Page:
Russia's war on Ukraine 'could push millions into extreme poverty'

How Russia’s war on Ukraine could push hundreds of millions into extreme poverty: Average household energy cost has increased between 62.6% and 112.9% since conflict began, study reveals

  • Scientists modelled the impact of rising prices on households in 116 countries 
  • They say between 78-141 million people are being pushed into extreme poverty
  • Experts already said energy prices are ‘unlikely to return to normal’ until 2030s

Soaring energy prices triggered by Russia’s war on Ukraine could push up to 141 million people worldwide into extreme poverty, a new study reveals. 

Scientists have investigated the impact of rising prices for households in 116 countries, including the UK, the US, France, India and China. 

Average household energy cost for households globally has increased between 62.6 per cent and 112.9 per cent since conflict began on February 24 last year, they found.

This is pushing somewhere between 78 million and 141 million people into extreme poverty, defined as living on less than $1.90 (£1.58) per day. 

It follows experts predicting that natural gas and electricity prices will be ‘unlikely to return to normal’ until the 2030s. 

Soaring energy prices triggered by the Russia-Ukraine conflict could push up to 141 million more people around the globe into extreme poverty, the study reveals

The study, published today in Nature Energy, was done by an international team that included experts at the University of Birmingham and the University of Maryland.

Why has Russia’s war on Ukraine increased energy bills? 

Until the war, Russia supplied almost half of Europe’s natural gas, a fossil fuel that provides warmth for cooking and heating across homes.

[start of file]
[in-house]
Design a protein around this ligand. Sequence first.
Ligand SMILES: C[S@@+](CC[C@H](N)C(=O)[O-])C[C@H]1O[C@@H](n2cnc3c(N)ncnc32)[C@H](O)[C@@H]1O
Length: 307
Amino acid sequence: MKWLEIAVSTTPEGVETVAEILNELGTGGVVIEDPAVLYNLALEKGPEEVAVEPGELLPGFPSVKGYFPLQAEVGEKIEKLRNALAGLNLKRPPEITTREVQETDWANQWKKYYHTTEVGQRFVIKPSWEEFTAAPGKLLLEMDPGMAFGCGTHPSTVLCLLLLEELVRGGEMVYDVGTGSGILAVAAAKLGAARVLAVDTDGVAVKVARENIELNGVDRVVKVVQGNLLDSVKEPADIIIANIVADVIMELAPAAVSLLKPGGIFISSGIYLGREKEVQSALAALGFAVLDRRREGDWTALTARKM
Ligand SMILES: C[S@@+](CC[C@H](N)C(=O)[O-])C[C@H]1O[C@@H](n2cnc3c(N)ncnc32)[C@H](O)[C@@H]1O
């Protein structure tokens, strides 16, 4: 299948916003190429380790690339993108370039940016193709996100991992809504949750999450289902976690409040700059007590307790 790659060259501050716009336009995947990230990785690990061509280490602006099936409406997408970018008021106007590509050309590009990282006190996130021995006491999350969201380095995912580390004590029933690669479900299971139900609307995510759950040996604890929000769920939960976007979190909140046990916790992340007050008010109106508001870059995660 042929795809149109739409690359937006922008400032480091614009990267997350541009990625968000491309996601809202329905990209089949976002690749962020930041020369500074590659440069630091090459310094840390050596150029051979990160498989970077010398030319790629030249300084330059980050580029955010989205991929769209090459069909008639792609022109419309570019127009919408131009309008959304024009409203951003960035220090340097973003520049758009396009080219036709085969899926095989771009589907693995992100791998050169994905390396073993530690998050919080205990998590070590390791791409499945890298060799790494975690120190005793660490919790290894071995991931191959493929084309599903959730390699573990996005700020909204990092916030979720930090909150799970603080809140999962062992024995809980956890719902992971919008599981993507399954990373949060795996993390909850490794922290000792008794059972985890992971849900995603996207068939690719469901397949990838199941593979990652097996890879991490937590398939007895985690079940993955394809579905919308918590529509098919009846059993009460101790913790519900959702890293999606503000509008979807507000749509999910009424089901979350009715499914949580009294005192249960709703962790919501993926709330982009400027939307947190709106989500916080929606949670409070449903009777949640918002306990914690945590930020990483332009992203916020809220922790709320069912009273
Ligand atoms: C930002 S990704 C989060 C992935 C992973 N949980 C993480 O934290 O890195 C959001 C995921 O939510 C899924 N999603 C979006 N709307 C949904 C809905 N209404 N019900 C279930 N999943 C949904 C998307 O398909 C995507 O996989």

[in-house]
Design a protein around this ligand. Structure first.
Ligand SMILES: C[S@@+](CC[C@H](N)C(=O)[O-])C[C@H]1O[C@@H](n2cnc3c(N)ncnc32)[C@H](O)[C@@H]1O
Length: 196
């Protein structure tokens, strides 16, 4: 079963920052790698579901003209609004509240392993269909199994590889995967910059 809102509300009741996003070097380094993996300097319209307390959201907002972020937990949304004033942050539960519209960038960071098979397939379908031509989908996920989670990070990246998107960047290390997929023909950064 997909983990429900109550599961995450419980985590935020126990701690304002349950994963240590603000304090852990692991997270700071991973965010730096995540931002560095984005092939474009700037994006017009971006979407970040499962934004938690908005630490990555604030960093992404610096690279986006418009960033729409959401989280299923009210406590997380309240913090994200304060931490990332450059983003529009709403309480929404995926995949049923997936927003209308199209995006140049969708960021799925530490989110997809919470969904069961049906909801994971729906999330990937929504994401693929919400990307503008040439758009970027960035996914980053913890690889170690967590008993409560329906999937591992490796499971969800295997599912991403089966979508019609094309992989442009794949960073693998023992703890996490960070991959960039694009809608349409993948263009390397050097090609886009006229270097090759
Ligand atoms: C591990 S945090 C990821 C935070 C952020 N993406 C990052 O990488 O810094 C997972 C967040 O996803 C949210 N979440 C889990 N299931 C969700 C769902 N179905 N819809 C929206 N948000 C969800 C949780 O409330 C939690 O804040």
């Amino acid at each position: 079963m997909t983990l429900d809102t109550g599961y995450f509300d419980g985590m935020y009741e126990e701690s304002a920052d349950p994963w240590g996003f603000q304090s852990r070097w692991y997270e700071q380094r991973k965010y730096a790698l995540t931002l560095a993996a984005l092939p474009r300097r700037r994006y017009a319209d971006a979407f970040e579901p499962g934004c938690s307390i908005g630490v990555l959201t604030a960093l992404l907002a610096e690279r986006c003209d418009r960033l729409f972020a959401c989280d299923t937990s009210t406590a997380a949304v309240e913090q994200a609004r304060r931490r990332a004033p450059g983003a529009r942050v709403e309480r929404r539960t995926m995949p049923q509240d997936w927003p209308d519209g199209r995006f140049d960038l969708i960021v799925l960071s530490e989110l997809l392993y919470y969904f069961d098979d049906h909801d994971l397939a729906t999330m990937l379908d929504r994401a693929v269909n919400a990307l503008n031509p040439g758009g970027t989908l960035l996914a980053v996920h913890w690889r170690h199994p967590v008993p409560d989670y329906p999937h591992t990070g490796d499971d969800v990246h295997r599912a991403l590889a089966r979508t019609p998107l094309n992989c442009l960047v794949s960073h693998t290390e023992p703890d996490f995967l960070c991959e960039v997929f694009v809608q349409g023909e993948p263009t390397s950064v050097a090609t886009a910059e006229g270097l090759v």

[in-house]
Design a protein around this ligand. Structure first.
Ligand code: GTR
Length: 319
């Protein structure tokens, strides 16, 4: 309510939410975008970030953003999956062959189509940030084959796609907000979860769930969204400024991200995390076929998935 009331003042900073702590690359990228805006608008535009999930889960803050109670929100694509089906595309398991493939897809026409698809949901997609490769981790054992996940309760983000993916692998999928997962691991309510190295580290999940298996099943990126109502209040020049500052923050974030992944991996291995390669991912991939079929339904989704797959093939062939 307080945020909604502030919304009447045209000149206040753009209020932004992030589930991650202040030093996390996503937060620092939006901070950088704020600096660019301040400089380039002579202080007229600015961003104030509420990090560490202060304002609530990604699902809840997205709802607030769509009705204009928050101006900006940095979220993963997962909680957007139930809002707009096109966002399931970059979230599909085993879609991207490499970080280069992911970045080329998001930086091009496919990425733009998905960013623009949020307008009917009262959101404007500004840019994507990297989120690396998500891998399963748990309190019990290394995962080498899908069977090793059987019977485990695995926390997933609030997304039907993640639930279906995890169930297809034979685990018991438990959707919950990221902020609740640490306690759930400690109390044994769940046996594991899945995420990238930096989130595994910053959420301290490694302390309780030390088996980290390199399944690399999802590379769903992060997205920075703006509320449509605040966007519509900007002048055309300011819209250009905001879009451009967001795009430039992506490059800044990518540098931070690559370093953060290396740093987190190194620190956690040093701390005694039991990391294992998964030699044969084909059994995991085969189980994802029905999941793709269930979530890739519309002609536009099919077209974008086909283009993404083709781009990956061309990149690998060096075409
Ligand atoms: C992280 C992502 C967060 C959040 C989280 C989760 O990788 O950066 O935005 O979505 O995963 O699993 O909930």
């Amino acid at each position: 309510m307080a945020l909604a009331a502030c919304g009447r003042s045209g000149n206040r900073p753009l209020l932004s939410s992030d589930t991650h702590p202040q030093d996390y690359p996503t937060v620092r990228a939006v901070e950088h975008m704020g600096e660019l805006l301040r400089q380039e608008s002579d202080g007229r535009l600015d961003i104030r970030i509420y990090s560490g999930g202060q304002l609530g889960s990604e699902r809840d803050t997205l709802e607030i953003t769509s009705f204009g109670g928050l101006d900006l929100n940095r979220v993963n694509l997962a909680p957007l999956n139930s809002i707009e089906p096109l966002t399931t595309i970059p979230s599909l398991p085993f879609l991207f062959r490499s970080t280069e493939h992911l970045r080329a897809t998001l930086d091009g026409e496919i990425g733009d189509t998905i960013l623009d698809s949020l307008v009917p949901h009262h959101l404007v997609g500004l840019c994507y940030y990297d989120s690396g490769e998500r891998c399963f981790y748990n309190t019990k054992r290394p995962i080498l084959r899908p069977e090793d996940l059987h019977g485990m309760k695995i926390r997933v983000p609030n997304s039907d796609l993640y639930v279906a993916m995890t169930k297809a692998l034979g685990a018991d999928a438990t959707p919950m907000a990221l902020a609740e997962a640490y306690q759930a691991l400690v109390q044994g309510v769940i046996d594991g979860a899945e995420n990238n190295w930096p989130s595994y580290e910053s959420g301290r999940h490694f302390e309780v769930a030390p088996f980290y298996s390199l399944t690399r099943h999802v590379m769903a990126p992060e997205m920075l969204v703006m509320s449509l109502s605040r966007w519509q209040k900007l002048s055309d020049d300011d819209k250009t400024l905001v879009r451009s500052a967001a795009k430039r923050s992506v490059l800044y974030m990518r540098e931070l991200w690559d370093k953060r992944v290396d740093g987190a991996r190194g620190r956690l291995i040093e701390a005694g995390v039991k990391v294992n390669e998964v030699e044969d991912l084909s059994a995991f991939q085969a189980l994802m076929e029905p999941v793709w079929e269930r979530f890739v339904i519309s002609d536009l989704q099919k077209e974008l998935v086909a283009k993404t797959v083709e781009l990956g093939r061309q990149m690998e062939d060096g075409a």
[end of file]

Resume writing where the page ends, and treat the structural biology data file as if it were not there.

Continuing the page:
Russia is the world’s second-largest producer of natural gas (after the US) and has the largest gas reserves.

After the war began , European countries put sanctions on Russia including no longer buying (or reducing purchase of) gas from Russia.

This increased demand for gas from other sources, which made it more expensive. 

Not all countries get gas directly from Russia, but if countries such as Germany, Europe’s top buyer of Russian gas, receive less, they must fill the gap elsewhere, for instance Norway, which has a knock-on effect on available gas for other countries.

Source: Fused Bills/Reuters  

The researchers say we are now in a ‘global energy crisis’ with surging prices for oil, coal and natural gas. 

‘This crisis has pushed a number of economies into recession, caused higher inflation, and put painful cost-of-living pressures on households around the world,’ they say in their paper. 

‘Our research emphasises the necessity to alleviate increased costs of necessities caused by energy price hikes, especially for food and especially for low-income households.’ 

Russia has some of the world’s largest reserves of natural gas and oil – fossil fuels that are found deep in rock formations deep below Earth’s surface. 

But it faced sanctions following its invasion of Ukraine, which included countries no longer buying, or reducing their purchase of gas from Russia. 

This has had the effect of increasing demand for gas from other sources such as Norway, which has overall caused wholesale prices to soar.

Energy companies such as British Gas – which has just announced profits of £3.3 billion for 2022 – pass on these increased costs to the public by raising energy bills. 

For the study, the experts calculated the change in ‘energy cost burden rates’ – a measure that refers to additional energy costs in household total expenditure compared to what it was before the crisis.

They found significant variation across and within different countries, determined by household consumption patterns and the fossil fuel dependency.

Average household energy cost for households globally has increased up to 112.9 per cent since the Russia-Ukraine conflict began February 24 2022. Pictured, a Ukrainian serviceman fires a French heavy mortar towards Russian positions in Bakhmut, February 15, 2023